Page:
Bullet journals: Drafting a future log

A fairly simple bullet journal future log

Most often, using a bullet journal is, at least in part, about keeping yourself organized. And if you’re going to do that, you need to have some idea of what’s coming in life.

That’s where a good future log comes in handy. It allows you to keep track of just about anything: birthdays, anniversaries, holidays, vacations, appointments. Plus, depending on your job, you might choose to add in something like deadlines, blog posts, or well, pretty much anything.

Where you can really have some fun, though, is with the layout. That, my friends, is what I want to talk to you about today.

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Book trailer: Love, Cutter, by Michelle Jester

I love a good book trailer. True, they generally aren’t as fancy as movie trailers, but they really don’t need to be. All they need to do is provide a sense of what to expect from the book. Just give me some good visuals, nice audio, and a few quotes from the book or summary, and I’m happy.

This trailer for Michelle Jester’s Love, Cutter does exactly that. It’s a straightforward trailer, letting you know exactly what you can expect to find in the novel. And, I have to say, I’m looking forward to what it’s hinting at.

Before you take a look at the trailer, though, jump on over to Michelle’s Rafflecopter, where she’s giving away a $20 Amazon gift card and a signed copy of Love, Cutter.

Alright. Ready to watch the trailer?

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Bullet journals: Creating your key

The key page in a bullet journal

Alright, have you picked out your bullet journal yet? Have you figured out what you want in it? Maybe you’ve even started using it and you don’t even need this post. I wouldn’t blame you–I was pretty excited to design mine when I first started, too.

For those who haven’t quite gotten started yet, though, hopefully this post can help you out a bit. Today, I’m going to talk a bit about how to create a key for that wonderful little book of yours. After all, if you’re using your bullet journal to its utmost potential, then there’s a good chance you’re going to have a lot of difference colours and symbols floating around in there.  The best way to keep everything straight is to have a point of reference, right?

That’s where a good key comes in handy. I love mine, and I think I finally have it nailed down. Of course, I’ve thought that before, but I’ll explain that in a moment.

For now, let’s start at the top. I figure best way for me to help you create your bullet journal key is to tell you about mine, so that’s what I’m going to do.

Let’s start by talking about some basic symbols.

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Bullet journals: Getting started

A blue bullet journal with a black marker

Organization is somehow one of both my strong points and my weak points. When I’m organized, I’m really organized: I know exactly what I’m doing, when, and for how long. When I’m not organized, though… well, let’s just say that my days end up being about as productive as a sloth that hasn’t eaten in a while.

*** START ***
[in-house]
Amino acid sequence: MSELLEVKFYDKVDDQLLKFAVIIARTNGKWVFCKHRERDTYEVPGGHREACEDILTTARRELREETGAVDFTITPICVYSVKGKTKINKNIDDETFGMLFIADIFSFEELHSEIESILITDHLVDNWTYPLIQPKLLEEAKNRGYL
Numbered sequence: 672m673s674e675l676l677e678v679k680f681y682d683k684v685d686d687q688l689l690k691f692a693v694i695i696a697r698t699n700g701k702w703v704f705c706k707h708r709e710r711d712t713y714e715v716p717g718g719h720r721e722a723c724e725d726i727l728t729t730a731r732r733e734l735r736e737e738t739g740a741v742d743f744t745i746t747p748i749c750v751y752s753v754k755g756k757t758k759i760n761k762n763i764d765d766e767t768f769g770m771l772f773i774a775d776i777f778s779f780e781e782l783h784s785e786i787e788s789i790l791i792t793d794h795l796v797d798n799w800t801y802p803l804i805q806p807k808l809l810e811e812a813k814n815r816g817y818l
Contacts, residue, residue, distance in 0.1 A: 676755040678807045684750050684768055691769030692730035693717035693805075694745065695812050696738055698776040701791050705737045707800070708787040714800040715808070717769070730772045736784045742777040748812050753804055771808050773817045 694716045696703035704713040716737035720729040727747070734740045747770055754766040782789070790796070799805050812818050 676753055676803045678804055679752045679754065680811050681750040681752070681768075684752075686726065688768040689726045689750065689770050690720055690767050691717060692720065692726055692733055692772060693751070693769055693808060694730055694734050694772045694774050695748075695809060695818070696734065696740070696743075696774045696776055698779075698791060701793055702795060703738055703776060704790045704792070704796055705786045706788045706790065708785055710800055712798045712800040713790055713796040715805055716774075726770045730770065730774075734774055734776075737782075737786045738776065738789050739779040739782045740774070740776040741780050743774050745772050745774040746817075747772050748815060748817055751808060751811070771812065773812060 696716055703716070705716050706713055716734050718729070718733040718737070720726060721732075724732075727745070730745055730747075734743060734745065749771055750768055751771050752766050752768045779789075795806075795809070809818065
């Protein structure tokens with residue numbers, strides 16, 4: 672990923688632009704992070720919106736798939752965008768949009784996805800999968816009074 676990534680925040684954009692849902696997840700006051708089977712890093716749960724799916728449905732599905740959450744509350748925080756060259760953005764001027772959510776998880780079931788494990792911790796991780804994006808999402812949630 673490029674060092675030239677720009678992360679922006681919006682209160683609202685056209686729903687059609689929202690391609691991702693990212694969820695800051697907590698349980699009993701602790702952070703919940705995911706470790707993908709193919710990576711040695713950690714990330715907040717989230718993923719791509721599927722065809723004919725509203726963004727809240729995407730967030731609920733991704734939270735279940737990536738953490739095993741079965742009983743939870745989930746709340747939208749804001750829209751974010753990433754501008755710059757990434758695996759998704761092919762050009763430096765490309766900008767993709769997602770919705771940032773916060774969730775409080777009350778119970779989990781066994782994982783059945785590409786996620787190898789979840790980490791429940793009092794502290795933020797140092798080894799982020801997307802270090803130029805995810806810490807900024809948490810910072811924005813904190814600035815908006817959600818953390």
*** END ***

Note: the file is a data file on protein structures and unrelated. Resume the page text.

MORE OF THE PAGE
The real problem is, however, it takes a lot of work for me to be as organized as I need to. I’ve shared here before some of what that takes—how I use calendars, my bullet journal and mini goals—but, as part of my recent efforts to stay more on task, I thought I would share a little bit more with you.

So, I’m introducing a new series here on my blog. My posts about bullet journal back in December  really only scratched the surface about what I use my bullet journals for. I thought it would be helpful, both for myself and for some of you, if I shared a little more. Each month, I’ll share a different part of my bullet journal experience: things that I track, lists or records that I keep, layouts I’ve found useful, that sort of thing.

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Getting Cookie to eat more hay

My rabbit, Cookie, hiding under the bench in my entryway

Cookie hasn’t been entirely happy with me lately. Did you know that a rabbit’s diet is supposed to be made up mostly of hay? She and I both do, but she doesn’t like the fact. She prefers eating her pellets and greens. And her treats, of course.

Over the past couple of years, I’ve slowly gotten into the bad habit of letting her have more pellets, which means she eats less of the hay I put out for her. Sometime in the past couple of months, I noticed she was eating very little hay at all. That’s one of those “very bad things” for rabbits: from what I understand, the pellets don’t grind down their teeth as well, aren’t as good for their digestive systems, and are inferior in several other ways. Something had to be done.

So I cut back her pellets. At first, all this accomplished was a lot of lunging and grunting anytime I went near her food bowl; she wanted more pellets. She’s getting better now, though. Cookie’s eating more hay again, to the point where I finally need to refill her hay baskets each day again.

Despite her protests, my little rabbit is eating more of what she should be. That’s really all I can ask for.